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Sotomayor 2d Am. case now at Court

UPDATE: The Maloney petition has now been docketed as 08-1592.


A Port Washington, N.Y., lawyer and martial arts enthusiast asked the Supreme Court on Friday to use his case to expand the coverage of the Second Amendment’s “right to keep and bear arms” so that it applies to restrict or bar state and local laws, as well as those at the federal level.

James M. Maloney’s petition in Maloney v. Rice is the third case on that point to reach the Court in recent weeks. This one, however, seeks to challenge a ruling that has gained a special prominence because one of the judges on the Second Circuit Court panel deciding against Maloney’s claim was Circuit Judge Sonia Sotomayor, President Obama’s choice for a soon-to-be-open Supreme Court vacancy.

The Maloney petition and the appendix (a lengthy file) are available for downloads. (It has not yet been assigned a docket number.) The already pending cases on the issue are National Rifle Association v. City of Chicago (08-1497) and McDoanld v. City of Chicago (08-1521).

Another novel feature of the Maloney case is that it is not a challenge to the constitutionality of a gun control law; rather, it targets a New York state law on weapons control, so far as that law applies to a “chuka stick” (or “nunchaku”).

That is a weapon often used in martial arts training, but also in increasing use as a police weapon to subdue and control suspects. James Maloney wants the right to have the weapon in his home for self-defense, just as others might do with a handgun. (The chuka weapon consists of two lengths of wood or other rigid material joined by a short strand of rope.)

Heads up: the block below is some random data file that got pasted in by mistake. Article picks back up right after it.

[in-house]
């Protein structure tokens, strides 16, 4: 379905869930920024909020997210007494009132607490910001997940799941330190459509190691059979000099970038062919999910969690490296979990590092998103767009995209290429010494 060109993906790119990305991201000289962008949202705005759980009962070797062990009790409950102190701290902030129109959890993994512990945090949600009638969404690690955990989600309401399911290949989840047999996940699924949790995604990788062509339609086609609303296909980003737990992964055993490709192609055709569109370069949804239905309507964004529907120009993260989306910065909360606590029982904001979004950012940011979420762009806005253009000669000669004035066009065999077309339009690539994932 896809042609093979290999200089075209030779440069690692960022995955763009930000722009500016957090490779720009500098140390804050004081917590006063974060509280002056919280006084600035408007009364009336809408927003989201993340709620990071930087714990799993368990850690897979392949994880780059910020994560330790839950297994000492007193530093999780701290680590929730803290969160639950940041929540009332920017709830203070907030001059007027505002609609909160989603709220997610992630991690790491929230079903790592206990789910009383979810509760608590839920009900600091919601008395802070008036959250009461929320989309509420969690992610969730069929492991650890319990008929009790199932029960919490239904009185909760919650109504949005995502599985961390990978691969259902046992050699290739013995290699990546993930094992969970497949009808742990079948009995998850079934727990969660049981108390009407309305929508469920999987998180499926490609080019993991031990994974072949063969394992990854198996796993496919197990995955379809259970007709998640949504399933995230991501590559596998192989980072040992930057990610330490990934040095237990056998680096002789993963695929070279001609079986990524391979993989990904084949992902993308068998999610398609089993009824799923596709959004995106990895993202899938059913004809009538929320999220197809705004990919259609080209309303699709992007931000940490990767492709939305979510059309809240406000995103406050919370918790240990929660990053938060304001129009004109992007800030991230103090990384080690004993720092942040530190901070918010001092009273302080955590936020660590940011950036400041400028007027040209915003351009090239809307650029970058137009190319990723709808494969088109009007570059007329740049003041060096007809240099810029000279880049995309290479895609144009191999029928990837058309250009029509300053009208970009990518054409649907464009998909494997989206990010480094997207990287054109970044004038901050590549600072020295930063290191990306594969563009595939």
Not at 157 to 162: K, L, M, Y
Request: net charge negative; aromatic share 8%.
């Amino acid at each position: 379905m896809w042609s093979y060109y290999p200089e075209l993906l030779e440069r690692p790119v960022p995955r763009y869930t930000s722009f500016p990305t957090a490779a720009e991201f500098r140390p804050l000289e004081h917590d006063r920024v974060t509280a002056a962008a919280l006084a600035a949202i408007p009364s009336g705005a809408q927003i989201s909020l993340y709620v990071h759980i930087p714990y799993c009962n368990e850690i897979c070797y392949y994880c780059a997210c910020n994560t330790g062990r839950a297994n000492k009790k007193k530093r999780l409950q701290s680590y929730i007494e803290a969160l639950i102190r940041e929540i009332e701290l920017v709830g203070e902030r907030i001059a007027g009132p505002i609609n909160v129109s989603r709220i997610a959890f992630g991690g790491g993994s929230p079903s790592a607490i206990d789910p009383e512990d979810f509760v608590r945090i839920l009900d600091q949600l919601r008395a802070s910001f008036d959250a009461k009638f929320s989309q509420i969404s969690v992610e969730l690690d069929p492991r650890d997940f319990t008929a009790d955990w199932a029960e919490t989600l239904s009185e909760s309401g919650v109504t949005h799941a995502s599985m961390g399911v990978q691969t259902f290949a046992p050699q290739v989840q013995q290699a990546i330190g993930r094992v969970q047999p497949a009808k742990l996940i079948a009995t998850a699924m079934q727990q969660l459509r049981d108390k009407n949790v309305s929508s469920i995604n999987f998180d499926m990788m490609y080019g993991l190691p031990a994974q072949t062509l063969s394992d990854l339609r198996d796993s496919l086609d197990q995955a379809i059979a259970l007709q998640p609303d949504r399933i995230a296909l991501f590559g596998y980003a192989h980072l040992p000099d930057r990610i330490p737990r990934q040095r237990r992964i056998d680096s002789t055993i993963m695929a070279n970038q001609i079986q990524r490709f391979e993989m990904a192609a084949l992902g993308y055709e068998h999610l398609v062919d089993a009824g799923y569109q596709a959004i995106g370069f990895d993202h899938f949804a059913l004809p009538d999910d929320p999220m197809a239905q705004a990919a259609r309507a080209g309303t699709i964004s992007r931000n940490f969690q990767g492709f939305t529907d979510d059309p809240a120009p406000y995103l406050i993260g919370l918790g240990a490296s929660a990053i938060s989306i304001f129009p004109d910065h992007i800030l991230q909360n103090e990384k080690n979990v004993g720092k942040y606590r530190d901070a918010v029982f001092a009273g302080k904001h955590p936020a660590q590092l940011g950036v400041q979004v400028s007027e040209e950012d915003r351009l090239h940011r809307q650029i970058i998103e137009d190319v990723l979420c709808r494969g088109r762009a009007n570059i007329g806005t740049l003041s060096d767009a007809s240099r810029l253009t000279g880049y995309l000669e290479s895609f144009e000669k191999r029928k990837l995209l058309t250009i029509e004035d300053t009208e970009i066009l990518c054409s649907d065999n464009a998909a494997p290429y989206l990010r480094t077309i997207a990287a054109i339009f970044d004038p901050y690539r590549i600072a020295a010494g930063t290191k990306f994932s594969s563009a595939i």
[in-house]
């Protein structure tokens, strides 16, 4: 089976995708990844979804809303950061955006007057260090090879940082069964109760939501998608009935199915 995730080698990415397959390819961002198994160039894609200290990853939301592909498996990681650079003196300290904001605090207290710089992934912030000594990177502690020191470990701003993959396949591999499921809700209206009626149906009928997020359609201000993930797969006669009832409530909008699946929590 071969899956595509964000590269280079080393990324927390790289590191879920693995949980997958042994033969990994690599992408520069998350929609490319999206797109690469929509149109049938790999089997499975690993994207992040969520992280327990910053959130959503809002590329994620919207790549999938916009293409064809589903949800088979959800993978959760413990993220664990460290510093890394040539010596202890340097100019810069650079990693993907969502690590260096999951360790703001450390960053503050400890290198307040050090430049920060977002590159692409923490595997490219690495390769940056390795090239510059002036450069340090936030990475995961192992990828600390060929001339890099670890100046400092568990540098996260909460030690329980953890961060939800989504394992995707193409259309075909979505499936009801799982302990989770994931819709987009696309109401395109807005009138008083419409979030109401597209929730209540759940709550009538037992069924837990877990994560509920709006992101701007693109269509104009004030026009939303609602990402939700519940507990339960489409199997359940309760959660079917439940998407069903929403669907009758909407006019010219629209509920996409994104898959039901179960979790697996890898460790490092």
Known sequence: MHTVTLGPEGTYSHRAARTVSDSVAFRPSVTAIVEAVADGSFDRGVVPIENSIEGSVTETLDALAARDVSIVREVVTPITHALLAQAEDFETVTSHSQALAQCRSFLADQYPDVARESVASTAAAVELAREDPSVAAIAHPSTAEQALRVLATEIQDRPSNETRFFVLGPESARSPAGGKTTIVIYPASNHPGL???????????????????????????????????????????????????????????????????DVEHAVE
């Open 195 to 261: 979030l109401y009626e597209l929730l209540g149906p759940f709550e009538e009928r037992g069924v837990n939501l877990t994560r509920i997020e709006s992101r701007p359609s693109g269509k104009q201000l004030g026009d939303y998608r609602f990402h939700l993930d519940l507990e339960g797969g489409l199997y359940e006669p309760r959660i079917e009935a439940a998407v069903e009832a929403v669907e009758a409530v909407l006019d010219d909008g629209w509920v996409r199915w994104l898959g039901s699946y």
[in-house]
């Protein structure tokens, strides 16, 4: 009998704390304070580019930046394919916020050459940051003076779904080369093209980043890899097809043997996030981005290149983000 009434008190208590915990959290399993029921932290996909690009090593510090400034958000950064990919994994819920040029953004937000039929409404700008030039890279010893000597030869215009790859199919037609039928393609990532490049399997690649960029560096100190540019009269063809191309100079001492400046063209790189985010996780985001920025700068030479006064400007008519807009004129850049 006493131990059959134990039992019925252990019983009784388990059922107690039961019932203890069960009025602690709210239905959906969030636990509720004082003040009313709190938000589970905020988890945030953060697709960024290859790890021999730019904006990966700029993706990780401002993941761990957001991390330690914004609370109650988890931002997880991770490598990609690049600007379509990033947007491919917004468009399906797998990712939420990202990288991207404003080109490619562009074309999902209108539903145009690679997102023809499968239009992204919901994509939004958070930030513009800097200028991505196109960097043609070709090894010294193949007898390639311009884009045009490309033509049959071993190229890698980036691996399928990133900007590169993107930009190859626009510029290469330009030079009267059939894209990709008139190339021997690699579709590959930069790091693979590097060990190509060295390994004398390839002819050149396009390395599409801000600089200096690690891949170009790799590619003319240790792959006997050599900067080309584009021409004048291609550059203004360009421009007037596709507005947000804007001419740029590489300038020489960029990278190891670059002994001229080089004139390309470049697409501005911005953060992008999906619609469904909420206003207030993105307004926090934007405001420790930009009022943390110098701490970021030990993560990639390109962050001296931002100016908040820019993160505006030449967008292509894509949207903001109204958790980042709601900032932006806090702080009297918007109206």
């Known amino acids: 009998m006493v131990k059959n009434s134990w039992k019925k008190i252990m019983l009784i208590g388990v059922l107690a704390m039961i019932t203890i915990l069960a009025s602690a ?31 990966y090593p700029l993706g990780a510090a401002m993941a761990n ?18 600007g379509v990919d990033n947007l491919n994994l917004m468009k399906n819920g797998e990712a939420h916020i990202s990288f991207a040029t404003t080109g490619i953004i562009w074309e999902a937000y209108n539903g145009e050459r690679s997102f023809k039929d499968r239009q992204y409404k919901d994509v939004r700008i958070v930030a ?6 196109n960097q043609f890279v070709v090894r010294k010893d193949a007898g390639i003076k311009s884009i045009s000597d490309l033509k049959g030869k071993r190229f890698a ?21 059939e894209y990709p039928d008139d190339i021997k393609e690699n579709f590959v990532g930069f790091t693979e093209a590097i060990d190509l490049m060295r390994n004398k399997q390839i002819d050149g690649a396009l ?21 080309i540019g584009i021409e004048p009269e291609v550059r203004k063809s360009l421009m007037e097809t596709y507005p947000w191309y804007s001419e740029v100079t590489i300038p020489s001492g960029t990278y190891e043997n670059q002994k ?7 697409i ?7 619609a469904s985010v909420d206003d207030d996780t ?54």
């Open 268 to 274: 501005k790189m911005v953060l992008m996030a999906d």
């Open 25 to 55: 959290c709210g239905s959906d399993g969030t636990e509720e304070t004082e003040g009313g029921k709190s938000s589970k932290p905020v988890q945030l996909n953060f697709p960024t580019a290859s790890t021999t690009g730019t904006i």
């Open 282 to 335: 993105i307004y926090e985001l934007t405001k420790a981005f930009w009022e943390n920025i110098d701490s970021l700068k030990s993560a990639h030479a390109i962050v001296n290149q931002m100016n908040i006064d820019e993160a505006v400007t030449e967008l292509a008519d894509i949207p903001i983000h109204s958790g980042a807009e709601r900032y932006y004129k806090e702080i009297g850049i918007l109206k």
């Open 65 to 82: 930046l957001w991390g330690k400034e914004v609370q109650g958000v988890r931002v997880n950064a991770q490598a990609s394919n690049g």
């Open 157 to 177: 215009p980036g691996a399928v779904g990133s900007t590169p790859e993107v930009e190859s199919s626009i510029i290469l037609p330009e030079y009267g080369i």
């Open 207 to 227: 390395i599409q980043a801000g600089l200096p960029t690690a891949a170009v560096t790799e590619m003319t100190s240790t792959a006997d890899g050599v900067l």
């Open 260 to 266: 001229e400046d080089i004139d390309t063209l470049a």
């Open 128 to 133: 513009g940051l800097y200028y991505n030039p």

Even so, the questions posed by the new position raise the constitutional issue in broad form, so that the outcome would apply to guns and other persoonal weapons, too.

The first question asks simply whether the Second Amendment’s guarantee of an individual right (as recognized by the Supreme Court last year in Distict of Columbia v. Heller) applies to the states through the Fourteenth Amendment. The second question asks whether the individual right qualifies as “a privilege or immunity” of individuals, and thus applies to the states through the Fourteenth Amendment’s Privilege and Immunities Clause.

Maloney’s lawyers, in the new petition, urged the Supreme Court to agree to hear this new case along with the two previously filed to challenge a handgun ban in Chicago.

Hearing all three together as a unit, the petition argued, “would put before the Court the fullest possible range of factual and legal settings in which to consider and resolve the burning issue of Second Amendment incorporation.”

But, if the Court wishes to address the “incorporation” issue in just one case, the Maloney petition suggests that it be his case. The New York law, the petition noted, is a simple ban on possession of the listed weapons, including chuka sticks. In addition, Maloney challenges the law “merely to theextent it prohibits possession in the home.”

That, the petition contended, makes his case the simpler one, focusing only on apply to state and local laws “the Second Amendment right to keep arms, in the home.”

The difficulty that the Maloney case could encounter as the best vehicle for review of the issue, however, would arise if the Senate confirmed Judge Sotomayor’s nomination for a seat on the Supreme Court. Because she was on the appeals court panel that decided that very case, she presumably would not feel free to participate in the case at the Court.

That might not make a difference in the outcome, though, unless at least one among the five Justices who formed the majority in the Heller decision was unwilling to extend that right to the state and local level. Then, the possibility would arise that the Court might wind up splitting 4-4 on the Maloney case, which would lead to a simple decision upholding the Second Circuit ruling against incorporation.